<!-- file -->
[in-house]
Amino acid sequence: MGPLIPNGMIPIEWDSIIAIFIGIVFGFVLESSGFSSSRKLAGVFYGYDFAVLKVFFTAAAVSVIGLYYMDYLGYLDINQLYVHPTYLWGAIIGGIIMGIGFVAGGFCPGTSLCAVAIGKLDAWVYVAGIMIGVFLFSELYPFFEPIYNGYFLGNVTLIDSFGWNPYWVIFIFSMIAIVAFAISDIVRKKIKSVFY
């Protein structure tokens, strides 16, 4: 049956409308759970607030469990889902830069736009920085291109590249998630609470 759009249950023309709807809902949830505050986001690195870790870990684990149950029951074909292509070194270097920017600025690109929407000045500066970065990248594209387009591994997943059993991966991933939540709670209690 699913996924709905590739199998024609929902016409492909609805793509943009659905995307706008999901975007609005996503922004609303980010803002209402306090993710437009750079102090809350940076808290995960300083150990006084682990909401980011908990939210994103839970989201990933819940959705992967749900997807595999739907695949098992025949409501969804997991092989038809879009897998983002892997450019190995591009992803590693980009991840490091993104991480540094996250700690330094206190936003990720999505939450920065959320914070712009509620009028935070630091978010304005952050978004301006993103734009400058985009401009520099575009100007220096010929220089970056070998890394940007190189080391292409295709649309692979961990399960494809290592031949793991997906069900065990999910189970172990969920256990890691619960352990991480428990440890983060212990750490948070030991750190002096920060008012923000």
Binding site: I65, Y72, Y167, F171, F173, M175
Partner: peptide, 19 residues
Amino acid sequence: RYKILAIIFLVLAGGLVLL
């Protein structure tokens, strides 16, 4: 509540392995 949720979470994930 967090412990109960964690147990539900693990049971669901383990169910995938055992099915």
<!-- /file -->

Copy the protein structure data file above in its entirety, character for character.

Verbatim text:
[in-house]
Amino acid sequence: MGPLIPNGMIPIEWDSIIAIFIGIVFGFVLESSGFSSSRKLAGVFYGYDFAVLKVFFTAAAVSVIGLYYMDYLGYLDINQLYVHPTYLWGAIIGGIIMGIGFVAGGFCPGTSLCAVAIGKLDAWVYVAGIMIGVFLFSELYPFFEPIYNGYFLGNVTLIDSFGWNPYWVIFIFSMIAIVAFAISDIVRKKIKSVFY
């Protein structure tokens, strides 16, 4: 049956409308759970607030469990889902830069736009920085291109590249998630609470 759009249950023309709807809902949830505050986001690195870790870990684990149950029951074909292509070194270097920017600025690109929407000045500066970065990248594209387009591994997943059993991966991933939540709670209690 699913996924709905590739199998024609929902016409492909609805793509943009659905995307706008999901975007609005996503922004609303980010803002209402306090993710437009750079102090809350940076808290995960300083150990006084682990909401980011908990939210994103839970989201990933819940959705992967749900997807595999739907695949098992025949409501969804997991092989038809879009897998983002892997450019190995591009992803590693980009991840490091993104991480540094996250700690330094206190936003990720999505939450920065959320914070712009509620009028935070630091978010304005952050978004301006993103734009400058985009401009520099575009100007220096010929220089970056070998890394940007190189080391292409295709649309692979961990399960494809290592031949793991997906069900065990999910189970172990969920256990890691619960352990991480428990440890983060212990750490948070030991750190002096920060008012923000």
Binding site: I65, Y72, Y167, F171, F173, M175
Partner: peptide, 19 residues
Amino acid sequence: RYKILAIIFLVLAGGLVLL
């Protein structure tokens, strides 16, 4: 509540392995 949720979470994930 967090412990109960964690147990539900693990049971669901383990169910995938055992099915």